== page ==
“Not enough food, bathrooms, or healthcare services,” says Ramin, an Afghan returnee
Ramin*, 22, is one of the many Afghans who have been returned home this year after attempting to migrate irregularly to Europe. His migration plans were thwarted when he was apprehended between Turkey and Greece. He met with The Migrant Project to share his story.
For the journey across the Aegean sea to Greece, the smuggler had asked Ramin for almost EUR 2,000. But his boat did not make it to Greek shores: “We stopped just few kilometres away from Greece,” he said, “Police stopped us.”
“We were a group of 40 persons who were trying to reach Greece,” he said. The authorities took Ramin and the rest of the group to a migrant camp in Osmaniye. The conditions there were dire: “we had no access to what is necessary for living, there were not enough food, bathrooms, and healthcare services.”
He felt ignored and suppressed by the authorities in charge: “we didn’t even have the right to protest against these inhumane conditions.” Even Afghan authorities, who would occasionally visit the camp, were no help to them. He explained: “they didn’t hear our problems, they even didn’t talk to us in Dari or Pashto.”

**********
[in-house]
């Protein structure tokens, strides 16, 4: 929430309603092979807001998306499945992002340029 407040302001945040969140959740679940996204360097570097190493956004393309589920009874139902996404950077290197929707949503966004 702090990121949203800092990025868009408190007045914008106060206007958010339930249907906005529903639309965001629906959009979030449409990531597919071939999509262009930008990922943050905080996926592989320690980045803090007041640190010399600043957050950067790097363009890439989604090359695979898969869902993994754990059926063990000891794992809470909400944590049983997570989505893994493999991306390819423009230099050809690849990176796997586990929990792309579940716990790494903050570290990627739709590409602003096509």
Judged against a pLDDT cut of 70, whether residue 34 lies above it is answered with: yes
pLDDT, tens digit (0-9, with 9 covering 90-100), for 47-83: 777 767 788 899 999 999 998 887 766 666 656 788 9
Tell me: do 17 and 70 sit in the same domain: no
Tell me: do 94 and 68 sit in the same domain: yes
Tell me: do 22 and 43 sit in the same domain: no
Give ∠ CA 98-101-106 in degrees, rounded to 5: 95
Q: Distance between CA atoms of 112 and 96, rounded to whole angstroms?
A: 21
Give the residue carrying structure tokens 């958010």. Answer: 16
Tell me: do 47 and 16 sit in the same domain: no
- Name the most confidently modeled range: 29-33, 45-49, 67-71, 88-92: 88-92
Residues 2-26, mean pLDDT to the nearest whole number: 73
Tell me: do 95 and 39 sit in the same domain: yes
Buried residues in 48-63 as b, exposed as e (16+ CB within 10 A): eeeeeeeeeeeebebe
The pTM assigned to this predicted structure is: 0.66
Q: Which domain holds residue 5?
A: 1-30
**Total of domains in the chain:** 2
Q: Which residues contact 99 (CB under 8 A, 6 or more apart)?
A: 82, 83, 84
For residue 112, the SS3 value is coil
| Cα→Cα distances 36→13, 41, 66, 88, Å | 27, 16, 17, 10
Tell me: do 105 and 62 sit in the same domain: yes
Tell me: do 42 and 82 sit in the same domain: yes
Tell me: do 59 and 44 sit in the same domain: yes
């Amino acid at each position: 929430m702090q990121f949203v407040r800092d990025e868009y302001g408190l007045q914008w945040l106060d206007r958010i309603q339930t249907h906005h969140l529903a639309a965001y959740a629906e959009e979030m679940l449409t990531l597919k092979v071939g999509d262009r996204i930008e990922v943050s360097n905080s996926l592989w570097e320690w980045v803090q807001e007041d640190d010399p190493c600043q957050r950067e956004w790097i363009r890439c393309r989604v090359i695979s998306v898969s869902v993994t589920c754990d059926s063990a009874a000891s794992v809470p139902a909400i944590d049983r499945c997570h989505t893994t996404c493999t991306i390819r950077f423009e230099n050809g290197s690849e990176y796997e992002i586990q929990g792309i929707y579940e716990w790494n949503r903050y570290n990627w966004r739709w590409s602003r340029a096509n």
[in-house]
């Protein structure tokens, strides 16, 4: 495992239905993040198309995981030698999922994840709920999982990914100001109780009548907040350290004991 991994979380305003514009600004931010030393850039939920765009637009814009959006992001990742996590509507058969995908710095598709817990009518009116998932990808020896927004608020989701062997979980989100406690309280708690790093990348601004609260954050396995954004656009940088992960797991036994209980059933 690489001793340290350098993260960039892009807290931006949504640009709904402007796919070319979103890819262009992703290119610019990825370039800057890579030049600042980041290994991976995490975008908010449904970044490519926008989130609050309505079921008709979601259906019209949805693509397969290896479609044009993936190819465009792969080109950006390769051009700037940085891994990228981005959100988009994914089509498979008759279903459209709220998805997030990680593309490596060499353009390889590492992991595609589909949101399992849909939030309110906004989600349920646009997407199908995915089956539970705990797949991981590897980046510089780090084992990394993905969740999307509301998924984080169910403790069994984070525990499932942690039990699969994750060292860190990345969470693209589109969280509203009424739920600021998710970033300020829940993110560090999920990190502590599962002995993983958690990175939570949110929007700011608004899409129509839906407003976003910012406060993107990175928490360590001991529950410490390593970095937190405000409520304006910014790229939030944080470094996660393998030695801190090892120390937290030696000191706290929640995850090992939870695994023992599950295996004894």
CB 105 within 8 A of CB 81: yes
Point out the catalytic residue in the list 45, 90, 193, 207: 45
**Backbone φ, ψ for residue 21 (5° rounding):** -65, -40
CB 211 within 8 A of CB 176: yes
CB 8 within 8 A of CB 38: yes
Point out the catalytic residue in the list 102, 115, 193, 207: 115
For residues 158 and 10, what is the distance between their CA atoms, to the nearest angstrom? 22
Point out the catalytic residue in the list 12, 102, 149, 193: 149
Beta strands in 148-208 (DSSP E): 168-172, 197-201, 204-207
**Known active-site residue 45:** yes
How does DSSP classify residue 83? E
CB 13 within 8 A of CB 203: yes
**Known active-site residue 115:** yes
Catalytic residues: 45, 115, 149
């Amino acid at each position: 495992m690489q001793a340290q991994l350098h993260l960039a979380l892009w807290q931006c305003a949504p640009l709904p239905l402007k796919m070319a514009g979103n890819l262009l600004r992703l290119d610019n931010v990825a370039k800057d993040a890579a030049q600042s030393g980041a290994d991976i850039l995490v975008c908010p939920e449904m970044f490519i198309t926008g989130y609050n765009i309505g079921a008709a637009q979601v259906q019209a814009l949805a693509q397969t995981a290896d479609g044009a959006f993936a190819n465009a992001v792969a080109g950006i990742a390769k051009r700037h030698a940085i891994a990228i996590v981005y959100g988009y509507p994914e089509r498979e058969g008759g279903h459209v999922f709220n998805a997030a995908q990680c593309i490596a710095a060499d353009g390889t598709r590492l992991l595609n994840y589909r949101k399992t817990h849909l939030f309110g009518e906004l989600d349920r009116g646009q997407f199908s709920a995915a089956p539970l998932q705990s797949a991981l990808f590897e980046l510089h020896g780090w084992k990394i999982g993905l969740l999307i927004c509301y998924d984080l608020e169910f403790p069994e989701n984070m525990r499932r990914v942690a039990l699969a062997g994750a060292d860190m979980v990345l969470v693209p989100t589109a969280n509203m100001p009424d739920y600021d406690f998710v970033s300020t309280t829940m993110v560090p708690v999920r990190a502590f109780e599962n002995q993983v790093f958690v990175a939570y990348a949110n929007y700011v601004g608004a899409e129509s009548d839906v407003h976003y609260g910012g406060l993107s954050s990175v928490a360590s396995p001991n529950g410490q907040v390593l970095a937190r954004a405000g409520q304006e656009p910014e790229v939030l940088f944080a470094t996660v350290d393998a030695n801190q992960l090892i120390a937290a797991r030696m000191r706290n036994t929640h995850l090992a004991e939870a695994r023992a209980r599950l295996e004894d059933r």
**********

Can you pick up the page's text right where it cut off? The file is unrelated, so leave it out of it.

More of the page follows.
Ramin spent almost three months in the camp. He told The Migrant Project: “Finally, I was transferred to some other camp for five days and then deported back to Kabul.”
Ramin’s story is not unique. Indeed, many Afghans have been arrested by the Turkish police this year. In recent months, Turkey has reinforced its efforts to stop the irregular migrants from reaching Greece. So far in 2019, at least 337,000 migrants have been arrested in the country while attempting to reach Europe, compared to 268,000 in the entirety of 2018.
*This name has been changed to protect the person’s privacy.
TMP – 18/12/2019
Photo credit: alexreynolds / Shutterstock.com
Photo caption: Afghan man from behind with black hair in gray traditional clothes from Afghanistan standing overlooking a dry mountain valley underneath a bright blue sky with no clouds